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Rise of an empire

Shaping history: The first battle of Panipat. Photo: Special Arrangement   | Photo Credit: Picasa

he First Battle of Panipat took place on April 21 1526, paving the way for Mughal rule in India. Babur, a Central Asian ruler and a descendant of the Mongol conqueror Genghis Khan, invaded India and defeated the Lodi Empire of Northern India. The battle of Panipat was between the armies of Babur and Ibrahim Lodi. Babur was invited by Daulat Khan Lodi to defeat Ibrahim Lodi.

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Babur was the eldest son of Umar Sheikh Mirza, and he ascended the throne of Fergana in 1495 when he was 12. But he faced rebellion from his relatives, and wanted to conquer Samarkand. But not finding success there, he decided to create his empire in Northern India. There were two dynasties in power — the Sultanate of Delhi under Ibrahim Lodi, and Rajputana ruled by a Hindu Rajput Confederacy, led by Rana Sanga of Mewar. However, the empire under Lodi was crumbling under a weak leadership and rebellion. Daulat Khan Lodi, Governor of Punjab and Ala-ud-Din, Lodi’s uncle, invited Babur to wage a war and take over.

Babur started for Lahore in 1524. On his arrival at Lahore, he faced the Lodi Army and decided to re-route but set the city on fire. He then continued to Dipalpur, Punjab after placing Alam Khan, Ibrahim’s rebel uncle as governor. But Alam Khan was overthrown and fled to Kabul. Alam Khan joined hands with Daulat Khan Lodi, and with Babur’s support and 30, 000 troops, fought Ibrahim Lodi at Delhi and was defeated. This did not deter Babur, who waited with 8,000 soldiers for the clash at Panipat (now a town in Haryana). He decided to secure his army and built a Tulghuma (building divisions within the army as left, right and centre) at Panipat and dug a trench which he covered with branches. He placed 700 carts interspersed with soldiers and enough room to allow the cavalry to charge between the carts.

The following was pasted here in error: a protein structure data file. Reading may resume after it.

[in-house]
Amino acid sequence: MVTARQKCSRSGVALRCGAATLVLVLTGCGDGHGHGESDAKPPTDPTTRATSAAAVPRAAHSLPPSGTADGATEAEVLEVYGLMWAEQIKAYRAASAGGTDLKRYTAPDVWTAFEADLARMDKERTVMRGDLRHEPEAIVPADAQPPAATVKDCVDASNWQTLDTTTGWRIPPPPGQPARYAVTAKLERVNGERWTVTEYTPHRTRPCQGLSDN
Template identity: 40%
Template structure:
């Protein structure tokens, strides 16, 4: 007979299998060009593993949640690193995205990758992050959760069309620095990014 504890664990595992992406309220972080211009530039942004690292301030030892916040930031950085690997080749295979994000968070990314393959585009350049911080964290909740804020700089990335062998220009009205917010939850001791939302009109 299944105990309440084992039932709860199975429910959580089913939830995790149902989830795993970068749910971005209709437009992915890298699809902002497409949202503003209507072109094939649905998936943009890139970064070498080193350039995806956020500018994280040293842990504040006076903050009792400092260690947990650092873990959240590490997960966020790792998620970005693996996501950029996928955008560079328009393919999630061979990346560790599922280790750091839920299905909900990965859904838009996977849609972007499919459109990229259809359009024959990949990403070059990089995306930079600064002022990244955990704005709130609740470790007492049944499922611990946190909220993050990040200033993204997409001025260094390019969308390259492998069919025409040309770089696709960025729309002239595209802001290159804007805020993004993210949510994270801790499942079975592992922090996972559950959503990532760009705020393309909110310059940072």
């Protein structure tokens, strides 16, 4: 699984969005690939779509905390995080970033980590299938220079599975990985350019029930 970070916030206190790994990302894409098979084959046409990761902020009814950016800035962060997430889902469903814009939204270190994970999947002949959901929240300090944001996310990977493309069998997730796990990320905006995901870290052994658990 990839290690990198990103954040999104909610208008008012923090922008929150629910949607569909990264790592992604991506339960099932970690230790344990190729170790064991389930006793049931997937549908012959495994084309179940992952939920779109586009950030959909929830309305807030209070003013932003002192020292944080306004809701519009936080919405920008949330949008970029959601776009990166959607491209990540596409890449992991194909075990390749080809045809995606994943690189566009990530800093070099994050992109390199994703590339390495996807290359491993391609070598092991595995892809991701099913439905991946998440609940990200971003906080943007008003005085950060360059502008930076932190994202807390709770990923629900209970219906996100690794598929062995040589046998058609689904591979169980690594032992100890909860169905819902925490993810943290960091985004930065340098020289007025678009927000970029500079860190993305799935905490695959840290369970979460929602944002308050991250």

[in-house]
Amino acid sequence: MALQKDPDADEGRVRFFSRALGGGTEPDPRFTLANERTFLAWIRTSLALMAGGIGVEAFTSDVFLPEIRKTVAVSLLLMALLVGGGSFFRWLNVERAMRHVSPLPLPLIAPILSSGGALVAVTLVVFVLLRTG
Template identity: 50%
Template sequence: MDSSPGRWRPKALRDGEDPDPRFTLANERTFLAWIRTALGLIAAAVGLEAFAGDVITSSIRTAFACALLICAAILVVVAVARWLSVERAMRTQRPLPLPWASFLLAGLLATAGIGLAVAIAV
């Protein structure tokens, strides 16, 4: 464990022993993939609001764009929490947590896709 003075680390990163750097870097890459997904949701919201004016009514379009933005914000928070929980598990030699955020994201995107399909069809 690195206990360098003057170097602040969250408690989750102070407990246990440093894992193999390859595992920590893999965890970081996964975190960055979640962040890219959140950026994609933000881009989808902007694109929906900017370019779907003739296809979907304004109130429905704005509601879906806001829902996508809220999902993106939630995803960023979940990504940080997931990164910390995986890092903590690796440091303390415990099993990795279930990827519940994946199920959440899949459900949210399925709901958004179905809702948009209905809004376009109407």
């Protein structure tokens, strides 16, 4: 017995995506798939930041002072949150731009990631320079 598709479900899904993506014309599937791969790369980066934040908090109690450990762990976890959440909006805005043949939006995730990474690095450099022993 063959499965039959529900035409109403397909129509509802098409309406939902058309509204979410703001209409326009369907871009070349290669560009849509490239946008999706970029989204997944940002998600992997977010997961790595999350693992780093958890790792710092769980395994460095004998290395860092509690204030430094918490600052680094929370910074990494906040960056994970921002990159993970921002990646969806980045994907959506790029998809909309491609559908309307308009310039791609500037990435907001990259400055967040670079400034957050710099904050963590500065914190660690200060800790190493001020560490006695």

The Lodi army of 40,000 soldiers found the approach to Babur’s army too narrow while Ibrahim took time to redeploy his forces. This time around, things proved advantageous for Babur who attacked the army even before they were ready. The Lodi army crumbled as they faced cavalry and cannons from all sides. Babur’s guns were an important part of this battle as the Lodi army lacked field artillery; the sound of the cannons frightened the elephants which in turn trampled Lodi’s men.

Ibrahim Lodi was defeated in the battle and he died in battle along with 15,000 soldiers. This is one of the earliest battles to use gunpowder, firearms, and field artillery. Babur won the war and his troops occupied both Delhi and Agra, and Mughal rule came into being.


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Printable version | Oct 2, 2021 3:12:36 PM | https://www.thehindu.com/children/rise-of-an-empire/article18178670.ece

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